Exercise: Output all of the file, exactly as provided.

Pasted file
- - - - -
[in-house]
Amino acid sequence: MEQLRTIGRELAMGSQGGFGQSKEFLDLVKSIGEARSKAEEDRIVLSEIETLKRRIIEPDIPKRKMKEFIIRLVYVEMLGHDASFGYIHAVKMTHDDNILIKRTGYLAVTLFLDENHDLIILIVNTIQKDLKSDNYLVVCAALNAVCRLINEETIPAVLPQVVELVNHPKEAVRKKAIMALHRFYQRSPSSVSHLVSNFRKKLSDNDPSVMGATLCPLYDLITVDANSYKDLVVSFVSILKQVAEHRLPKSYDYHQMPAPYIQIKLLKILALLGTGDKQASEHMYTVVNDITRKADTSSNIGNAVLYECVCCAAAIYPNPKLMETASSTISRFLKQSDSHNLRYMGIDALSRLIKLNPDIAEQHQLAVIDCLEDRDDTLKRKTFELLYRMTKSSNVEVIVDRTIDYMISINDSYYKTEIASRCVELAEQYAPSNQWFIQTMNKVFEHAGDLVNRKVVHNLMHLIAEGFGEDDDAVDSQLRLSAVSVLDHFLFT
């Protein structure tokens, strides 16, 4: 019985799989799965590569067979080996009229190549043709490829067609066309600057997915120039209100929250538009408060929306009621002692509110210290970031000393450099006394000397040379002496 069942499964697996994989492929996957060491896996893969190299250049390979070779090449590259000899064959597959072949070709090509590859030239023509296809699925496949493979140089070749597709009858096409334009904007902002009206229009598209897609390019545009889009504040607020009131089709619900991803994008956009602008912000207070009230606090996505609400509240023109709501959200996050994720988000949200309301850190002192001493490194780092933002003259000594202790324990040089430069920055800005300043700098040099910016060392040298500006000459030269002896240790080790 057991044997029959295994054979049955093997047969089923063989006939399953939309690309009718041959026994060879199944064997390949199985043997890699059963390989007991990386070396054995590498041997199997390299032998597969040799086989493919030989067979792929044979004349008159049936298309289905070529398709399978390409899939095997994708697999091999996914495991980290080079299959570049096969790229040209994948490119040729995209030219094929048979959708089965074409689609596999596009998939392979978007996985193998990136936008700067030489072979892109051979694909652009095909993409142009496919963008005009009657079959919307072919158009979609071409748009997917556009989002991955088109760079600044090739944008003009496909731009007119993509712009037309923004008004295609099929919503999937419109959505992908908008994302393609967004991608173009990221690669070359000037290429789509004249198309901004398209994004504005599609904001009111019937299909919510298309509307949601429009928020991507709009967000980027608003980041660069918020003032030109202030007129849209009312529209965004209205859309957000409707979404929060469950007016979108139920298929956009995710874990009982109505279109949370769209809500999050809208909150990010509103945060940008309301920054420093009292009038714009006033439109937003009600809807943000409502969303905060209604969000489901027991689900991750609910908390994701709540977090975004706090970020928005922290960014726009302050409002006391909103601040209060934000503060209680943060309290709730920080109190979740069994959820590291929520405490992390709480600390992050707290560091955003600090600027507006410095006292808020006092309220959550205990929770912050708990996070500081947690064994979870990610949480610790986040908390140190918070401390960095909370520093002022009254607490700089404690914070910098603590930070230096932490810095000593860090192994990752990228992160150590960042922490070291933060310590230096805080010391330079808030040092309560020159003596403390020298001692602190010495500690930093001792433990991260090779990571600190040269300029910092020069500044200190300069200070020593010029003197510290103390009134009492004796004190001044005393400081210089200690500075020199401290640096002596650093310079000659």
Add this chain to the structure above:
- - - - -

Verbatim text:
[in-house]
Amino acid sequence: MEQLRTIGRELAMGSQGGFGQSKEFLDLVKSIGEARSKAEEDRIVLSEIETLKRRIIEPDIPKRKMKEFIIRLVYVEMLGHDASFGYIHAVKMTHDDNILIKRTGYLAVTLFLDENHDLIILIVNTIQKDLKSDNYLVVCAALNAVCRLINEETIPAVLPQVVELVNHPKEAVRKKAIMALHRFYQRSPSSVSHLVSNFRKKLSDNDPSVMGATLCPLYDLITVDANSYKDLVVSFVSILKQVAEHRLPKSYDYHQMPAPYIQIKLLKILALLGTGDKQASEHMYTVVNDITRKADTSSNIGNAVLYECVCCAAAIYPNPKLMETASSTISRFLKQSDSHNLRYMGIDALSRLIKLNPDIAEQHQLAVIDCLEDRDDTLKRKTFELLYRMTKSSNVEVIVDRTIDYMISINDSYYKTEIASRCVELAEQYAPSNQWFIQTMNKVFEHAGDLVNRKVVHNLMHLIAEGFGEDDDAVDSQLRLSAVSVLDHFLFT
């Protein structure tokens, strides 16, 4: 019985799989799965590569067979080996009229190549043709490829067609066309600057997915120039209100929250538009408060929306009621002692509110210290970031000393450099006394000397040379002496 069942499964697996994989492929996957060491896996893969190299250049390979070779090449590259000899064959597959072949070709090509590859030239023509296809699925496949493979140089070749597709009858096409334009904007902002009206229009598209897609390019545009889009504040607020009131089709619900991803994008956009602008912000207070009230606090996505609400509240023109709501959200996050994720988000949200309301850190002192001493490194780092933002003259000594202790324990040089430069920055800005300043700098040099910016060392040298500006000459030269002896240790080790 057991044997029959295994054979049955093997047969089923063989006939399953939309690309009718041959026994060879199944064997390949199985043997890699059963390989007991990386070396054995590498041997199997390299032998597969040799086989493919030989067979792929044979004349008159049936298309289905070529398709399978390409899939095997994708697999091999996914495991980290080079299959570049096969790229040209994948490119040729995209030219094929048979959708089965074409689609596999596009998939392979978007996985193998990136936008700067030489072979892109051979694909652009095909993409142009496919963008005009009657079959919307072919158009979609071409748009997917556009989002991955088109760079600044090739944008003009496909731009007119993509712009037309923004008004295609099929919503999937419109959505992908908008994302393609967004991608173009990221690669070359000037290429789509004249198309901004398209994004504005599609904001009111019937299909919510298309509307949601429009928020991507709009967000980027608003980041660069918020003032030109202030007129849209009312529209965004209205859309957000409707979404929060469950007016979108139920298929956009995710874990009982109505279109949370769209809500999050809208909150990010509103945060940008309301920054420093009292009038714009006033439109937003009600809807943000409502969303905060209604969000489901027991689900991750609910908390994701709540977090975004706090970020928005922290960014726009302050409002006391909103601040209060934000503060209680943060309290709730920080109190979740069994959820590291929520405490992390709480600390992050707290560091955003600090600027507006410095006292808020006092309220959550205990929770912050708990996070500081947690064994979870990610949480610790986040908390140190918070401390960095909370520093002022009254607490700089404690914070910098603590930070230096932490810095000593860090192994990752990228992160150590960042922490070291933060310590230096805080010391330079808030040092309560020159003596403390020298001692602190010495500690930093001792433990991260090779990571600190040269300029910092020069500044200190300069200070020593010029003197510290103390009134009492004796004190001044005393400081210089200690500075020199401290640096002596650093310079000659």
Add this chain to the structure above: